- Gametic Isolation: The sperm and egg of two organisms will not fuse to form a zygote. This isolation is especially relevant for organisms that undergo external fertilization, which happens when sperm and egg fuse outside of a body. Bottom-dwelling marine invertebrates, as well as some amphibians and fishes, participate in external fertilization, releasing their eggs and sperm into water to potentially intermix with the gametes of other species. Biochemical factors can prevent a sperm cell from entering the egg cell of another species. For example, sea urchin eggs are coated with a jelly that contains chemicals that preferentially activate sperm of the same species. Species with internal fertilization, where the sperm and egg fuse inside an organism's body, can also experience gametic isolation. The environment within the reproductive tract of the female, such as acidic conditions, may disable the sperm cell of the male of another species. Other biochemical factors may cause the egg and sperm to fail to fuse. Mammalian sperm and eggs contain proteins that preferentially bind to opposite-sex gametes of the same species.
- Reduced hybrid viability: The hybrid fails to develop normally and results in a weak, unhealthy adult. Sickly hybrids can sometimes be seen along a hybrid zone, where two species overlap and the formation of hybrids occurs. Some Rana frogs will mate with individuals of other Rana species, but the hybrids may be too weak to survive. Natural selection suggests these individuals will be preyed upon and not develop into adults.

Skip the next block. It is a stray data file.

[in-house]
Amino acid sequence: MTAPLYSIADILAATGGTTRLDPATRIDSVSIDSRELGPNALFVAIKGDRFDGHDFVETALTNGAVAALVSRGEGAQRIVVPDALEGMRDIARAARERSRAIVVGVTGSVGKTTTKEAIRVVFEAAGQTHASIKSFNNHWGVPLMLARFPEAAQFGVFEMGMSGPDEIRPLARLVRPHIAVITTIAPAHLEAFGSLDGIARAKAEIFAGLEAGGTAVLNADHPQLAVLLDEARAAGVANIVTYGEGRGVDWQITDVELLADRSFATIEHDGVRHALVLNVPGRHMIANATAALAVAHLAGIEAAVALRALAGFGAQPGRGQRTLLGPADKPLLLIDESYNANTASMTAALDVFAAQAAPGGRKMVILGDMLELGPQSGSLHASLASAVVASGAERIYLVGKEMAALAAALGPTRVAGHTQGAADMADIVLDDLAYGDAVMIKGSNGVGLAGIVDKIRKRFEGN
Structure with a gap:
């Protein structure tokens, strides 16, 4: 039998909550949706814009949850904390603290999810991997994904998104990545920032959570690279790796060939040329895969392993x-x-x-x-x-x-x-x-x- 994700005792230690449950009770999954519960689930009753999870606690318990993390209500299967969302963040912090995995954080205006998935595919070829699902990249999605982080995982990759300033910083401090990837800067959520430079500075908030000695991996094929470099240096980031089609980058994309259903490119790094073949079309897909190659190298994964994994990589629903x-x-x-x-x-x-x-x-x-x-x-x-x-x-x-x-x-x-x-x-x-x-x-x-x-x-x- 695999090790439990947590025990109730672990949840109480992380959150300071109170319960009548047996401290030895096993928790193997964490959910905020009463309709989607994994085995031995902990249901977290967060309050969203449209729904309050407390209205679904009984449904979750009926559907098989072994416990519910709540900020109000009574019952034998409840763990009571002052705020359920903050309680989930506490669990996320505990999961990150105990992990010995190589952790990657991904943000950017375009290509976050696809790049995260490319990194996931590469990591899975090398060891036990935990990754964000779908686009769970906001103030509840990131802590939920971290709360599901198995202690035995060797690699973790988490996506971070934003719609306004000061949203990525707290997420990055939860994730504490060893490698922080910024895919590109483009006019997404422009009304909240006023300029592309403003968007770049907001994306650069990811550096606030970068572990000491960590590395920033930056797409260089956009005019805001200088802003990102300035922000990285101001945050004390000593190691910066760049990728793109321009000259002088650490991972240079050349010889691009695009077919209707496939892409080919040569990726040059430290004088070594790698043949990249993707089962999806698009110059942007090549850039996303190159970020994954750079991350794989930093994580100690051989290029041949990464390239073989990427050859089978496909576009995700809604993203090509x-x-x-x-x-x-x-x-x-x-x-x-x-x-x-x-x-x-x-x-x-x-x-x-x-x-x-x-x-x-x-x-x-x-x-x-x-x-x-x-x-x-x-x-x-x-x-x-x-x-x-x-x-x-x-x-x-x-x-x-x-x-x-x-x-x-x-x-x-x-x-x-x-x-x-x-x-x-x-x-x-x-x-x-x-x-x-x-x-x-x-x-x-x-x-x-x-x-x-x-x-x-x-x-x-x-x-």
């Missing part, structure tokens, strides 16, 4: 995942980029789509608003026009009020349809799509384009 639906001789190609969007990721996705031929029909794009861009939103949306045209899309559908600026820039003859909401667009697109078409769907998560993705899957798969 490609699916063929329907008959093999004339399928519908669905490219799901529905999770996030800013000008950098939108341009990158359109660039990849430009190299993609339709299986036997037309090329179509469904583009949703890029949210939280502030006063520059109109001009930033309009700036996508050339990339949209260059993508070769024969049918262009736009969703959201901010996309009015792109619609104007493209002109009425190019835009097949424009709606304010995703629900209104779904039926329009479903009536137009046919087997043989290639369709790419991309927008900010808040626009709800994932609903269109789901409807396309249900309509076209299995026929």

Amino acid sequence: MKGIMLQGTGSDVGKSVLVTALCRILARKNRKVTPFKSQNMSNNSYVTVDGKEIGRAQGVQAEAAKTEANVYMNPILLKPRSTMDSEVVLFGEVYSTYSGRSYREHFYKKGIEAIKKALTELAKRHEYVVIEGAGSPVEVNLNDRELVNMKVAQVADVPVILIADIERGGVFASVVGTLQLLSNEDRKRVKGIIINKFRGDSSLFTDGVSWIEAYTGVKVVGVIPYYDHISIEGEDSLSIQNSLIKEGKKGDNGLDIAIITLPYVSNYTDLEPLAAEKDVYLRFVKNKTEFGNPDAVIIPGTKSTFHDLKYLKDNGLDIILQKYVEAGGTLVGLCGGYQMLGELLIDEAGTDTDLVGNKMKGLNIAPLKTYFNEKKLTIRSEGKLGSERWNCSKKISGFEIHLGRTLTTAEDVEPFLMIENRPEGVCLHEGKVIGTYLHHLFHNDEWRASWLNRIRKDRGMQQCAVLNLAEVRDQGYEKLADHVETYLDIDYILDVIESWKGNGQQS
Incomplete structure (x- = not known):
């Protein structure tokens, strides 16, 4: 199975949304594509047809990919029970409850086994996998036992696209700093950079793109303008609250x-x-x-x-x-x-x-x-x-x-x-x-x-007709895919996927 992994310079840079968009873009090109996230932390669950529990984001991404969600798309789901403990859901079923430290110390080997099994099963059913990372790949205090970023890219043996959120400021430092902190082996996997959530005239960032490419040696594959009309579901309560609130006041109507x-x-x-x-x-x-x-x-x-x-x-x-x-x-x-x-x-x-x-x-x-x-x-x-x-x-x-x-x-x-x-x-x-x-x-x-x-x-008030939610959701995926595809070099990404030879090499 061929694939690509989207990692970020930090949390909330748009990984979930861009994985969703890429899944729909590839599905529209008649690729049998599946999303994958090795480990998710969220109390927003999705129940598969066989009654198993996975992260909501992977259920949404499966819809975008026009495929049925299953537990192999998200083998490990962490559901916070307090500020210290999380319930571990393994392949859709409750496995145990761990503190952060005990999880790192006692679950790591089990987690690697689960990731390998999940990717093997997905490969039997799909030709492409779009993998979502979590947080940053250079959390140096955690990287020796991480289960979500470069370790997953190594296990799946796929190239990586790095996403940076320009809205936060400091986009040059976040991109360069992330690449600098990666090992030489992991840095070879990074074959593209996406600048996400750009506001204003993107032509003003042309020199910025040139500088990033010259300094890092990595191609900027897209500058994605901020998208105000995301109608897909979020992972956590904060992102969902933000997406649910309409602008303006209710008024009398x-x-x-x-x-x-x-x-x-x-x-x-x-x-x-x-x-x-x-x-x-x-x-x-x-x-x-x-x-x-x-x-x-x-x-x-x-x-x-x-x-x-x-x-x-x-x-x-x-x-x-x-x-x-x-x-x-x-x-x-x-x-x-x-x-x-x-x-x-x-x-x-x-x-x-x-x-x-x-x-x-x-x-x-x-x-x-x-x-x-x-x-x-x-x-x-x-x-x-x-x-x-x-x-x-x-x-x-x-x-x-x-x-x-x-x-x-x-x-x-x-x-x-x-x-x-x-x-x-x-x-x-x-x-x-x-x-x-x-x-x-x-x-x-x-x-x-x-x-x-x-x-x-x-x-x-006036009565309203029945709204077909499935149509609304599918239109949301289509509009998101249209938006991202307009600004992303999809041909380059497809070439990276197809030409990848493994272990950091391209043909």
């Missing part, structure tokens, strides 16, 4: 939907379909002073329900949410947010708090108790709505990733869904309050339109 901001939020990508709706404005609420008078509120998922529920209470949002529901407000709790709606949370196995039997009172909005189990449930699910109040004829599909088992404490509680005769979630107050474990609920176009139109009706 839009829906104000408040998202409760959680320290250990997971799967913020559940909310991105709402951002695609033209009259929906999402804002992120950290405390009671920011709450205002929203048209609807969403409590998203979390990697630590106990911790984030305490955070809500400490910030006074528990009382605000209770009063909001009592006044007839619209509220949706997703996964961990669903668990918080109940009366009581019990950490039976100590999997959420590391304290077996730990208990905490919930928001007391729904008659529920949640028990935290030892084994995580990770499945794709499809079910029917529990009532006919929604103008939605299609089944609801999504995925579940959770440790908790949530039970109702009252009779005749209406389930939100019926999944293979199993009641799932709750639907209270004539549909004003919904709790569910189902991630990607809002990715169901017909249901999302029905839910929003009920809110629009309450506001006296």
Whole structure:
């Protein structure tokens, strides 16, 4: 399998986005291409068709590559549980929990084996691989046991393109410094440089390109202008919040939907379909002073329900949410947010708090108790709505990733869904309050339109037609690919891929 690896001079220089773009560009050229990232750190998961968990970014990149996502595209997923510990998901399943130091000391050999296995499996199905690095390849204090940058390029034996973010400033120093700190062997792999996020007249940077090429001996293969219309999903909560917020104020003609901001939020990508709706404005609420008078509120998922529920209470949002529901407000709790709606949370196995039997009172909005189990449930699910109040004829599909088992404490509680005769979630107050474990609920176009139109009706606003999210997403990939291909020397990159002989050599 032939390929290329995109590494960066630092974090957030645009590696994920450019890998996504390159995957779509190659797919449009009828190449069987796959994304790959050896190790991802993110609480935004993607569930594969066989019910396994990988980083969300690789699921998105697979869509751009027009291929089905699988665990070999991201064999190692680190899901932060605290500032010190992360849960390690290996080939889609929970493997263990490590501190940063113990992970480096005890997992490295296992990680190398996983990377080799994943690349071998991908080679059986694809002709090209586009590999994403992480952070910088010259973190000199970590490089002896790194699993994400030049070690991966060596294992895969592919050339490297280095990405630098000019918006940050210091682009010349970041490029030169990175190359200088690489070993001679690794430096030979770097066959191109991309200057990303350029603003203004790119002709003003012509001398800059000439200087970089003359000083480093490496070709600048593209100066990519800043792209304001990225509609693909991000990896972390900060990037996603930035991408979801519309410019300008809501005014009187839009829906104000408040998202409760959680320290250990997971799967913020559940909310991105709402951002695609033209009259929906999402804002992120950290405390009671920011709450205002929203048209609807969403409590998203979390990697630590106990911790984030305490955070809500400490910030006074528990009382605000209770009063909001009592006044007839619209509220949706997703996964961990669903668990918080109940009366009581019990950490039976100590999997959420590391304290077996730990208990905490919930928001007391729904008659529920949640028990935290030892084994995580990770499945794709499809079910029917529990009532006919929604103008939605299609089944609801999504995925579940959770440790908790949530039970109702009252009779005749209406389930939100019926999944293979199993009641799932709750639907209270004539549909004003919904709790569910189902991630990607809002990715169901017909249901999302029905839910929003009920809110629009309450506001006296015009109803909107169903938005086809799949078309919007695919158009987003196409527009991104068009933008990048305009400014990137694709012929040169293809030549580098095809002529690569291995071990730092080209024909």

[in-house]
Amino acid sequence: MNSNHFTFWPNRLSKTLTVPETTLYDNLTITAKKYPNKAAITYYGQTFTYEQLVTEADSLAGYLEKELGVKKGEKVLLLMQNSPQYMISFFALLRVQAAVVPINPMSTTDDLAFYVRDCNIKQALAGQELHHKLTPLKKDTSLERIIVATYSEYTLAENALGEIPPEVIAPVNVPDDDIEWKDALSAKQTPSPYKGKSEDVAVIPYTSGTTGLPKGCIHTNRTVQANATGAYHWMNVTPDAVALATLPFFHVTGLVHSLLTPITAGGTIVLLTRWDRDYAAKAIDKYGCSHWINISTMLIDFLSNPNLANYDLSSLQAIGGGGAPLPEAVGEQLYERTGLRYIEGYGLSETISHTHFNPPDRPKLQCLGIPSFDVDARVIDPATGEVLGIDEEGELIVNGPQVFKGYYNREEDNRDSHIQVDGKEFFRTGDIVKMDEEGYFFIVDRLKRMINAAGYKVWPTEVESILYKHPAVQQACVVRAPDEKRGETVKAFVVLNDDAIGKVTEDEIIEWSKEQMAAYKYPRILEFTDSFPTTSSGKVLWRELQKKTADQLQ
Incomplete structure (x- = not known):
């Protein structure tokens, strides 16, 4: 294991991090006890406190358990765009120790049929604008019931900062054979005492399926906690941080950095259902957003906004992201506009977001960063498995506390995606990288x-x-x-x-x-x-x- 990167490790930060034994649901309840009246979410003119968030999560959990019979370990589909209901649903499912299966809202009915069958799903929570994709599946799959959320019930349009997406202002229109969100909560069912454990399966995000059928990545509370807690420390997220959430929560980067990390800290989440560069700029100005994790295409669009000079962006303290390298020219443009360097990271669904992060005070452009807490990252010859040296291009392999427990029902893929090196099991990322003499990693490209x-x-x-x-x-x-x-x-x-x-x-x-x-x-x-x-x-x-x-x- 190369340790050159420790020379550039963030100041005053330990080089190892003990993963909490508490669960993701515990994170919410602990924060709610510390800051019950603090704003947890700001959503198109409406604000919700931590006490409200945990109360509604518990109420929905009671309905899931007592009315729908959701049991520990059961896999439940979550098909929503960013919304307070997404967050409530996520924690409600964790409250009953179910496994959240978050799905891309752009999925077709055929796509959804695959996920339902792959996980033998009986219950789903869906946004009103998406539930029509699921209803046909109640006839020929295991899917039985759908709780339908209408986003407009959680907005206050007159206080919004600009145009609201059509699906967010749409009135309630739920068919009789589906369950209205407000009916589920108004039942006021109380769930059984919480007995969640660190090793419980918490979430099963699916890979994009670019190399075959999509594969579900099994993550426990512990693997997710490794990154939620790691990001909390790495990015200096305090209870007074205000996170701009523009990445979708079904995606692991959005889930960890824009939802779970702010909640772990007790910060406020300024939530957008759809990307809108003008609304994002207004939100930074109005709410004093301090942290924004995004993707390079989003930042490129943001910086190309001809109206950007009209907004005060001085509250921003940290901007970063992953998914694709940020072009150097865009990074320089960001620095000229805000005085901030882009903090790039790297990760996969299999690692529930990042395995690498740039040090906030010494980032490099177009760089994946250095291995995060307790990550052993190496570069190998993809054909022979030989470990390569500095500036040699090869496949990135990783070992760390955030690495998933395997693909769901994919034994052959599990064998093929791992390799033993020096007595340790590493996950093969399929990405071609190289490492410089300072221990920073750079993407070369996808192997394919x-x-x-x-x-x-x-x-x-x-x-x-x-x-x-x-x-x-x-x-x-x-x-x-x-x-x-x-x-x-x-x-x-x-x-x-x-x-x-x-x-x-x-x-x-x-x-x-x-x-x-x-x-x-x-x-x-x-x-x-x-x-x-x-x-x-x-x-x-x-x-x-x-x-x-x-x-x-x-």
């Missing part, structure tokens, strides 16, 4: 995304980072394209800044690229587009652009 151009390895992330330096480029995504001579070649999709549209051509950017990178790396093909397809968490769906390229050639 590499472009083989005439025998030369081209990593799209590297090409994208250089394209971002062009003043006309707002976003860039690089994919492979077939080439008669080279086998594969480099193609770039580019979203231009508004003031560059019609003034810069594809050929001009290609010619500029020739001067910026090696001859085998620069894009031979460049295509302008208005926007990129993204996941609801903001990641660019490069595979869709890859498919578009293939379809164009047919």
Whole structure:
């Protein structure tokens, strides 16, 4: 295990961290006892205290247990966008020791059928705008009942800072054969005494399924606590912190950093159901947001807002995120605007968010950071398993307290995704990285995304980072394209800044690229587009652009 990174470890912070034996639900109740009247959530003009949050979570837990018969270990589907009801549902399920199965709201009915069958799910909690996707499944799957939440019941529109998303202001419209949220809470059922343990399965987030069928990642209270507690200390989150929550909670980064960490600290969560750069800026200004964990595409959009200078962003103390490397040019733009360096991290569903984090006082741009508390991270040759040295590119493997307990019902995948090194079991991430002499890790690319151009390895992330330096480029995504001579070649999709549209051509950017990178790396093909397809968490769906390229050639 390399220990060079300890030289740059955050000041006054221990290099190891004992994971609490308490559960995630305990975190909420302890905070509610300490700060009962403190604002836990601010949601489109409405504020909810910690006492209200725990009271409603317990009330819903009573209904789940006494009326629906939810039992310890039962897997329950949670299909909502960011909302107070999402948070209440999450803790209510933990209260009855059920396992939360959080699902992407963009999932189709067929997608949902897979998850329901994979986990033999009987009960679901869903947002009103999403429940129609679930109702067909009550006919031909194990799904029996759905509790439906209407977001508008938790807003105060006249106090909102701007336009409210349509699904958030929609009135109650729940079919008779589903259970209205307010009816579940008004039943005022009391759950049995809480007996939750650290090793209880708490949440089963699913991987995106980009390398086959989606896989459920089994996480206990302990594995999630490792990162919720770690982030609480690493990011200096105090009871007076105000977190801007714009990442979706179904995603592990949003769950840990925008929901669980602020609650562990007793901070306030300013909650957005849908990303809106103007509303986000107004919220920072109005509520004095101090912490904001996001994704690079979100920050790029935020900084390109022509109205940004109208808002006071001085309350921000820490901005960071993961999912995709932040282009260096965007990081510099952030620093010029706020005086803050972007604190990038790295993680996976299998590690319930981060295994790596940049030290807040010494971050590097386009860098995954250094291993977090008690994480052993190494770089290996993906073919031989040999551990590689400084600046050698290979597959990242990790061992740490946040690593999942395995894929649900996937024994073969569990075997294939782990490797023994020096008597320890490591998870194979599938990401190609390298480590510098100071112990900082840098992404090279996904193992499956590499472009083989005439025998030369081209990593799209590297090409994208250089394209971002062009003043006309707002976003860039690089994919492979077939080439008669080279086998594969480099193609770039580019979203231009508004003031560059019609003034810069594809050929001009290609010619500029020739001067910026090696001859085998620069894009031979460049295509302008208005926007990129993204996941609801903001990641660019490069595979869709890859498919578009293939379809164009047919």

- Reduced hybrid fertility: The hybrid develops normally into a healthy adult and may be a very strong and robust individual. However, the adult is infertile, or the hybrid makes gametes but those gametes will not fuse with the gametes of the previous generation. In this case, gene flow (change in the total set of genes of a population caused by individuals entering or leaving a population) is functionally blocked. The commonly known example is the mule hybrid formed by a horse and donkey. The horse and donkey have a different number of chromosomes. A chromosome is a structure that contains DNA, the genetic material that is passed from one generation to the next. The hybrid mule has an intermediate number of chromosomes, complicating the production of functioning sperm and eggs. Other hybrids have been formed by two species in captivity, such as tigers and lions, zebras and horses, and buffalo and cows. Some hybrids, such as those produced by polar bears and grizzly bears, have been seen in the wild. These pairings result in viable, healthy hybrids that are sterile (unable to reproduce).